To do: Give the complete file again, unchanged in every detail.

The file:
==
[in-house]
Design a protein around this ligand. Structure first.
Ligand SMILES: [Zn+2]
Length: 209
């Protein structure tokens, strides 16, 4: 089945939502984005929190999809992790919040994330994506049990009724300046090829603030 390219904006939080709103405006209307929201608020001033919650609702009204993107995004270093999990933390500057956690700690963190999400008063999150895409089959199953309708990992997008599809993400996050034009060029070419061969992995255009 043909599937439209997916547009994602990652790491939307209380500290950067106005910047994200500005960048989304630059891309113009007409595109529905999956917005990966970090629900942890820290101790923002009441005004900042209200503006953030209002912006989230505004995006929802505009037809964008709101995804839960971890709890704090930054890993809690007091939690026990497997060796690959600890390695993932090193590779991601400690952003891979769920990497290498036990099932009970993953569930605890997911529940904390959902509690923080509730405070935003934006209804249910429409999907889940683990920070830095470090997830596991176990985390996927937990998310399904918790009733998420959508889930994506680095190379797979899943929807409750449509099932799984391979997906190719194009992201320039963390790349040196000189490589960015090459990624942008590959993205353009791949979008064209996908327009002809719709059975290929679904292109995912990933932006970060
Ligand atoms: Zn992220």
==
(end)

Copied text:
[in-house]
Design a protein around this ligand. Structure first.
Ligand SMILES: [Zn+2]
Length: 209
């Protein structure tokens, strides 16, 4: 089945939502984005929190999809992790919040994330994506049990009724300046090829603030 390219904006939080709103405006209307929201608020001033919650609702009204993107995004270093999990933390500057956690700690963190999400008063999150895409089959199953309708990992997008599809993400996050034009060029070419061969992995255009 043909599937439209997916547009994602990652790491939307209380500290950067106005910047994200500005960048989304630059891309113009007409595109529905999956917005990966970090629900942890820290101790923002009441005004900042209200503006953030209002912006989230505004995006929802505009037809964008709101995804839960971890709890704090930054890993809690007091939690026990497997060796690959600890390695993932090193590779991601400690952003891979769920990497290498036990099932009970993953569930605890997911529940904390959902509690923080509730405070935003934006209804249910429409999907889940683990920070830095470090997830596991176990985390996927937990998310399904918790009733998420959508889930994506680095190379797979899943929807409750449509099932799984391979997906190719194009992201320039963390790349040196000189490589960015090459990624942008590959993205353009791949979008064209996908327009002809719709059975290929679904292109995912990933932006970060
Ligand atoms: Zn992220």